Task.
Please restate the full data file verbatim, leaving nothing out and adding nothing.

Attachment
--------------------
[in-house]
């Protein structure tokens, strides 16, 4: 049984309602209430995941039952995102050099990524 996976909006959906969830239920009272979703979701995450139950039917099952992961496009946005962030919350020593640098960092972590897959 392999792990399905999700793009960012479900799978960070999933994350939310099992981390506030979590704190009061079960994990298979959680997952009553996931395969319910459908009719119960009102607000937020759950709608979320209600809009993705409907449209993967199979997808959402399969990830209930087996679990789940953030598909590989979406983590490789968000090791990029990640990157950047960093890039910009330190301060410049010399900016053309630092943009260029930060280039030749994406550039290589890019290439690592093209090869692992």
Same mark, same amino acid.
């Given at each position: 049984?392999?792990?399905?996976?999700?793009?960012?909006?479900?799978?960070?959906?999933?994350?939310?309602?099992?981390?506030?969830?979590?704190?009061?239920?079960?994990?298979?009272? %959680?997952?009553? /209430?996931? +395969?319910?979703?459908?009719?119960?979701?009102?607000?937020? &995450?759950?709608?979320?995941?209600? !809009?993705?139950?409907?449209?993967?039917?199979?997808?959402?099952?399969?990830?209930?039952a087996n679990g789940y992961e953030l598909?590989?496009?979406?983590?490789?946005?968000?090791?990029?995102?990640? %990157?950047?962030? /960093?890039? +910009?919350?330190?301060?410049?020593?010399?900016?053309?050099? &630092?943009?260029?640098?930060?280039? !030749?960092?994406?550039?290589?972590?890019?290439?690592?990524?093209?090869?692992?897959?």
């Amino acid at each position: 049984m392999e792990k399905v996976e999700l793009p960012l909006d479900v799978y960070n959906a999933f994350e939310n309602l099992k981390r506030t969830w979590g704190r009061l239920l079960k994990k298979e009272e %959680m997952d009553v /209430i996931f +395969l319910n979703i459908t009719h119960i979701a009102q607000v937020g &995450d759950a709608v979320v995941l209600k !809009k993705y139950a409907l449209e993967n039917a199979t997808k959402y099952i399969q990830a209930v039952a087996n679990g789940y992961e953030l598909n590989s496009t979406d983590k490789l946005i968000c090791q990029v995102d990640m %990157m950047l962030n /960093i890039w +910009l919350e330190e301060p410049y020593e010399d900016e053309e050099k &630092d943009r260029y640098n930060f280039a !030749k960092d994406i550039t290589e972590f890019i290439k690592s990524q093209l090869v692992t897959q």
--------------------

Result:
[in-house]
């Protein structure tokens, strides 16, 4: 049984309602209430995941039952995102050099990524 996976909006959906969830239920009272979703979701995450139950039917099952992961496009946005962030919350020593640098960092972590897959 392999792990399905999700793009960012479900799978960070999933994350939310099992981390506030979590704190009061079960994990298979959680997952009553996931395969319910459908009719119960009102607000937020759950709608979320209600809009993705409907449209993967199979997808959402399969990830209930087996679990789940953030598909590989979406983590490789968000090791990029990640990157950047960093890039910009330190301060410049010399900016053309630092943009260029930060280039030749994406550039290589890019290439690592093209090869692992």
Same mark, same amino acid.
């Given at each position: 049984?392999?792990?399905?996976?999700?793009?960012?909006?479900?799978?960070?959906?999933?994350?939310?309602?099992?981390?506030?969830?979590?704190?009061?239920?079960?994990?298979?009272? %959680?997952?009553? /209430?996931? +395969?319910?979703?459908?009719?119960?979701?009102?607000?937020? &995450?759950?709608?979320?995941?209600? !809009?993705?139950?409907?449209?993967?039917?199979?997808?959402?099952?399969?990830?209930?039952a087996n679990g789940y992961e953030l598909?590989?496009?979406?983590?490789?946005?968000?090791?990029?995102?990640? %990157?950047?962030? /960093?890039? +910009?919350?330190?301060?410049?020593?010399?900016?053309?050099? &630092?943009?260029?640098?930060?280039? !030749?960092?994406?550039?290589?972590?890019?290439?690592?990524?093209?090869?692992?897959?």
């Amino acid at each position: 049984m392999e792990k399905v996976e999700l793009p960012l909006d479900v799978y960070n959906a999933f994350e939310n309602l099992k981390r506030t969830w979590g704190r009061l239920l079960k994990k298979e009272e %959680m997952d009553v /209430i996931f +395969l319910n979703i459908t009719h119960i979701a009102q607000v937020g &995450d759950a709608v979320v995941l209600k !809009k993705y139950a409907l449209e993967n039917a199979t997808k959402y099952i399969q990830a209930v039952a087996n679990g789940y992961e953030l598909n590989s496009t979406d983590k490789l946005i968000c090791q990029v995102d990640m %990157m950047l962030n /960093i890039w +910009l919350e330190e301060p410049y020593e010399d900016e053309e050099k &630092d943009r260029y640098n930060f280039a !030749k960092d994406i550039t290589e972590f890019i290439k690592s990524q093209l090869v692992t897959q």